Mackler-Paternostro gives some nice descriptions (we wish for more): “The evening mist rolled in, light, like the shaking of a snow-globe, swirling, disappearing before it reached the ground.” And “Thick waves of grey clouds spit a faint mist against the picture windows. . . .”

One line seems to catch the whole story: “Sophia worried a loose thread on her light, summer weight sweater.”

Like a loose thread, Jenna’s life needs tying up, fixing, sorting out. It is a life which only has one more summer to live.  So The Milestone Tapes touches on that loose thread and deals with it for us.

Museum of Making Music

Thursday, May 3rd, 2012

View from Museum of Making Music

Music Merchants Building, Carlsbad

Up the hill from the Pacific and the Carlsbad Flower Fields and to the side of Lego Land there is a charming museum all about music–things to play it with and its American history from 1900 to present. It is a small space tucked into the larger business building of the National Association of Music Merchants.

The museum space is divided into five galleries arranged chronologically. Each combines written, audio, and displays of musical instruments and music producers.  Lots of buttons to push to hear history and samples of music. Lots to read about the displays. A some very nice “play me” instruments that you can strum or drum and listen to yourself through headphones. Gallery 1 shares with us the early piano and organ music of the late 1800’s and early 1900’s highlighting John Philip Sousa and Tin Pan Alley. The history of music marketing and manufacturing is detailed more on the web site so you don’t need to take notes as you go from gallery to gallery. It’s a wonderful web site.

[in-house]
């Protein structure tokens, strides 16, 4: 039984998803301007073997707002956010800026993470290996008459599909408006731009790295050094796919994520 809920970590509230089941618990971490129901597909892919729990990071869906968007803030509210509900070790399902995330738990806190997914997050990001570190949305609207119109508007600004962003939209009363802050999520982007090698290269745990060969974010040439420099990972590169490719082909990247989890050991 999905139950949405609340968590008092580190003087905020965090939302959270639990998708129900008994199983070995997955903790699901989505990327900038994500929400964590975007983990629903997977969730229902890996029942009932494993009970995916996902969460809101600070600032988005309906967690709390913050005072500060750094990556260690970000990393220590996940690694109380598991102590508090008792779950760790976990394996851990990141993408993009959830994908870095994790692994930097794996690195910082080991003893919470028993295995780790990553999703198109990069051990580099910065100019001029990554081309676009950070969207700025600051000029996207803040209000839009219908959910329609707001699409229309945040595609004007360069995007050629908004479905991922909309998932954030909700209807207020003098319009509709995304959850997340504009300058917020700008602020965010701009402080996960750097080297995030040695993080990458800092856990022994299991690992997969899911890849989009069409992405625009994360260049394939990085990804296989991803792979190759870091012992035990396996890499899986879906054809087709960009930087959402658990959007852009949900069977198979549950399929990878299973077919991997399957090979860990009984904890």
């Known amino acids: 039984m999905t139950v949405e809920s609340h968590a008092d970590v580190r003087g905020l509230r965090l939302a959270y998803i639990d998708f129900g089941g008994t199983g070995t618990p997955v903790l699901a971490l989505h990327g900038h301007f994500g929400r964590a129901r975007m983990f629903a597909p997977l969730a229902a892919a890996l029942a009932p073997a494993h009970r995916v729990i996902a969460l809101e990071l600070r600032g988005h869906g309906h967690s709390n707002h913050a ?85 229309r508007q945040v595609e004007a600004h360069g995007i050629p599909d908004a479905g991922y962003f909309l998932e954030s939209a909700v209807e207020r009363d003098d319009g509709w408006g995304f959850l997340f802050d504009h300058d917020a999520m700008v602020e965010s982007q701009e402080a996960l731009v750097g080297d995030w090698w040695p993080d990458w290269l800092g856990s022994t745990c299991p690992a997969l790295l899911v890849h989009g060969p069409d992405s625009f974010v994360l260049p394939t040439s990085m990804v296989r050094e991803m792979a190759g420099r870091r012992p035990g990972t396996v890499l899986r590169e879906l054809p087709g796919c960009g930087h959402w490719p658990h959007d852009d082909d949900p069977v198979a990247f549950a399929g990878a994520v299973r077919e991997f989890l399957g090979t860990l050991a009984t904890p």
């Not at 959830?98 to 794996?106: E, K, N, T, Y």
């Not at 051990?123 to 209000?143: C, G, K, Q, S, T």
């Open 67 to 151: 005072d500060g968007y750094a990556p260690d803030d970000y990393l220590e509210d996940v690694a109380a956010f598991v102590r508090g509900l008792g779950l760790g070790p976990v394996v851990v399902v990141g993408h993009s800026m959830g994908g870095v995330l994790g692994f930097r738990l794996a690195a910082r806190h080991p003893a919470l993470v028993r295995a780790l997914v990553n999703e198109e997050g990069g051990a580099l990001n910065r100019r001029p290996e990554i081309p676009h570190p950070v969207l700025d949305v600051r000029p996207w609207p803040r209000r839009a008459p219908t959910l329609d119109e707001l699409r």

Victrola

display of instruments

Gallery 2 takes us into the “Roaring Twenties”, jazz, player pianos, and phonographs. Gallery 3 moves to the mid-thirties and the forties; Gallery 4 into the 1950’s, Elvis, and skyrocketing guitar sales. Gallery 5 brings us into the 1980’s and the different Rock styles. The audios and displays really highlight each time period. The instruments are carefully preserved in cases, from violins to accordions to  a valve trombone.  If you know the instruments you can spend a lot of time finding the one you used to play.

You absolutely have to put on the head phones and strum or tap on the beautiful strings and drums as they come along with the sections.  I tried the harp and the steel drums but I bet the guitars get a lot of  use.

"play me" harp

"play me" guitar